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abi ahmed with his arm around assists of work you when you heard the speech and of course you know talking about a comrade in peace that personal relationship you said you'd like to see these boards jewson allies have you thought about that personal relationship or more that could deliver well there were times when you know i had my skin crawling particularly when as you mention now we know the hands and all of these talks on the stage in ideas and the prime minister addressing a president to say as i've heard about a nuclear missile we have some you know and constant moments of the prime minister leading a foreign policy of his own country based on his personal trait so there have been a lot of criticisms of that as well and that is partly why people who are criticizing the 9 advancement of the. peace process today or missionary it hinges on the person that relationship between him and president he say is some work it's
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a lot can be done to improve that and not the prime of my prime minister as i would quote him often needs to do a lot in it moving away from from conducting a person and diplomacy and institutionalizing that and so it doesn't it doesn't help his efforts that he's engaged more into it this kind of relationship is that was that was a president that there's nothing substantial on the ground so i do hope that with the nobel prize for peace now it is time he would be more of the states my liking getting only ever eritrea and institutionalizing what he's done so far than just you know having the entire relationship you know dangling based on his own personal correctors if i can find it but it just just a final thought from you so there's if i couldn't unfortunately after hold you to about to about 30 seconds but one of the hopes here for africa with the young leader receiving an award such as this there are some concerns about some of the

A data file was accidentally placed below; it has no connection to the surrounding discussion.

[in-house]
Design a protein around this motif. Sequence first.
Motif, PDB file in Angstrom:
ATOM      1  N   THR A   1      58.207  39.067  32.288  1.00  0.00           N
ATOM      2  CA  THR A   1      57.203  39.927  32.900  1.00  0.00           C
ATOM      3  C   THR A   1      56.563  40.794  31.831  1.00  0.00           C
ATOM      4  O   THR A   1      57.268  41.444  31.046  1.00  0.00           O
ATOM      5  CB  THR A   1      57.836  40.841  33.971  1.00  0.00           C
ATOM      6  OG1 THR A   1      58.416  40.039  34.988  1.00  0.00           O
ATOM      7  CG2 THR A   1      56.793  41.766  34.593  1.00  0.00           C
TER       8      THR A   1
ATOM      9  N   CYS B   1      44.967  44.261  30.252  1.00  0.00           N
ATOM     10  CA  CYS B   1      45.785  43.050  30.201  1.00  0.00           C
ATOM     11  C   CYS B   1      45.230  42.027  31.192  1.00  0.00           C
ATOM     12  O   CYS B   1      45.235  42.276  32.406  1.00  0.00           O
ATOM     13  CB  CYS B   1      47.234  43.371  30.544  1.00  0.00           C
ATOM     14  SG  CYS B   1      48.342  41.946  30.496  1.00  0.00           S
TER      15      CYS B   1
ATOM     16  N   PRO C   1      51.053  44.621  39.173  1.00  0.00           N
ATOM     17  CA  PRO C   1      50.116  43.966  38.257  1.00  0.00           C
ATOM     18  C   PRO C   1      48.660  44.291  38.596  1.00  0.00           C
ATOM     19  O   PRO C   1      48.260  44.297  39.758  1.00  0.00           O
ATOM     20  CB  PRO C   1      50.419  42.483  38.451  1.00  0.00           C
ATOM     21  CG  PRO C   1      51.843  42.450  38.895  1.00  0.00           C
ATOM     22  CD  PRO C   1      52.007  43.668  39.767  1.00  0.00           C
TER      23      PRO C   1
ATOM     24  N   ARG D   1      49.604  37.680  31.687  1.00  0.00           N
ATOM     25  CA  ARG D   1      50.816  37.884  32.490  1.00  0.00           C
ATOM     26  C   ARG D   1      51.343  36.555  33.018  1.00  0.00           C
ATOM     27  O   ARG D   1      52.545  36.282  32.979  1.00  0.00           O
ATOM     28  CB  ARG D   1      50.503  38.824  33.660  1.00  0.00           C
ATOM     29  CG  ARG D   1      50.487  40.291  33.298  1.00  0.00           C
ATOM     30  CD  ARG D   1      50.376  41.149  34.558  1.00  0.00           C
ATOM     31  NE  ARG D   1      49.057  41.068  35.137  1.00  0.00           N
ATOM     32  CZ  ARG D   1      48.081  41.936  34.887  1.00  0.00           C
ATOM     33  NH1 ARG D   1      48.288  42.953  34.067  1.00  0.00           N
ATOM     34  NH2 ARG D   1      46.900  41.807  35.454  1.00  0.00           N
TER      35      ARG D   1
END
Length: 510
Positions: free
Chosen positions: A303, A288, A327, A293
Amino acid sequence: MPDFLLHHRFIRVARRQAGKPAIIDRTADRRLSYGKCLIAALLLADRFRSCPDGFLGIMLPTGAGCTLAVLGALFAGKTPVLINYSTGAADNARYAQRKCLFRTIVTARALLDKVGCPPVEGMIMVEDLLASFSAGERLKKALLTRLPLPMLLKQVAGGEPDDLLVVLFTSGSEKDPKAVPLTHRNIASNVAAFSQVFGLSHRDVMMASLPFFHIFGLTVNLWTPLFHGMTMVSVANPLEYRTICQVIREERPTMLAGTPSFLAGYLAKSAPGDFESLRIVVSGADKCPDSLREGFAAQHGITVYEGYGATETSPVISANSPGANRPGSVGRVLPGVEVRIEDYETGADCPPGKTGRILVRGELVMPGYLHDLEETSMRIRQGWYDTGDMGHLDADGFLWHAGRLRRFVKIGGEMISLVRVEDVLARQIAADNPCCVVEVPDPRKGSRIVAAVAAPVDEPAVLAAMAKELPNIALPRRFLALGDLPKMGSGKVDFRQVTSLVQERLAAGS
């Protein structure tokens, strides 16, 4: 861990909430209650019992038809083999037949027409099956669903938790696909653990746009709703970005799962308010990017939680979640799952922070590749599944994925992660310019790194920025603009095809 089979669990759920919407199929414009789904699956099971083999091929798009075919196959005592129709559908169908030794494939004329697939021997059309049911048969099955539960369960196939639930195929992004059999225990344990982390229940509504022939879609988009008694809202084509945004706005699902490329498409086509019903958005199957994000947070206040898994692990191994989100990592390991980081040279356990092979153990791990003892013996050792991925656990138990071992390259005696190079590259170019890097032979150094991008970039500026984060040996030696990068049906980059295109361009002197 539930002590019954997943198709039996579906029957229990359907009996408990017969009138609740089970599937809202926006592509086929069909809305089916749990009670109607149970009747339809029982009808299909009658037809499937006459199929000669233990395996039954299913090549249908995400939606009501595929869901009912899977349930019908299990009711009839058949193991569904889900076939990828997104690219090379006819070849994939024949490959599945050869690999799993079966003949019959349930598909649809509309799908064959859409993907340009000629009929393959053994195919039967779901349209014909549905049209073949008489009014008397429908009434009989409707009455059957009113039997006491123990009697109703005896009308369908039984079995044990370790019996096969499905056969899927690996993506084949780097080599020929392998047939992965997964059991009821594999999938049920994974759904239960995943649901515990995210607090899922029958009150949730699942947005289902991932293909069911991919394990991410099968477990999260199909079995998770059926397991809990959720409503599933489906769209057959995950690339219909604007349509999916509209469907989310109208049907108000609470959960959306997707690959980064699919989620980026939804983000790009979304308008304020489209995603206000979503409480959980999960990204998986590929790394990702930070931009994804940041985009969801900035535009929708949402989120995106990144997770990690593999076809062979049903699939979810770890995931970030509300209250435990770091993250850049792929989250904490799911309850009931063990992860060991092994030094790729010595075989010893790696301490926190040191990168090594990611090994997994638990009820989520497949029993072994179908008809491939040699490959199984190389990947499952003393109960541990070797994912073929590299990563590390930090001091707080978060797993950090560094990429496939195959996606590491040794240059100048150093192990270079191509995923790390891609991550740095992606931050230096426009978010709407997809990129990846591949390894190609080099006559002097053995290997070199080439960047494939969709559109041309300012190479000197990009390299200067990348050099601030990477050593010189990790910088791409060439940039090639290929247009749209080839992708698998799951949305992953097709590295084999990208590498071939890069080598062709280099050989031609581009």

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hardline measures he's taken inside his own country he's posting elections next year and so that could also be problematic but one of the hopes broadly in africa after this war i think one of the things that perhaps is something we need to think about racist in africa is young leaders we don't have perfect leaders we don't necessarily have leaders that are you know kind of coming from an end where they are not necessarily grappling with their own kind of leadership crises in terms of the domestic or whatever but what we need to see is them taking the initiative and hopefully this is part of the way which we can actually get kids recalibrate even the a you in terms of the leadership and the kinds of young leaders that come into the fold in africa and bring more innovative leadership and governance to the continent it's been a pleasure to speak to all of you on the program so nobly lemon thank you so much for your time sell them today. any and not and thank you so much and thank you to you for watching you can see the program any time by visiting our website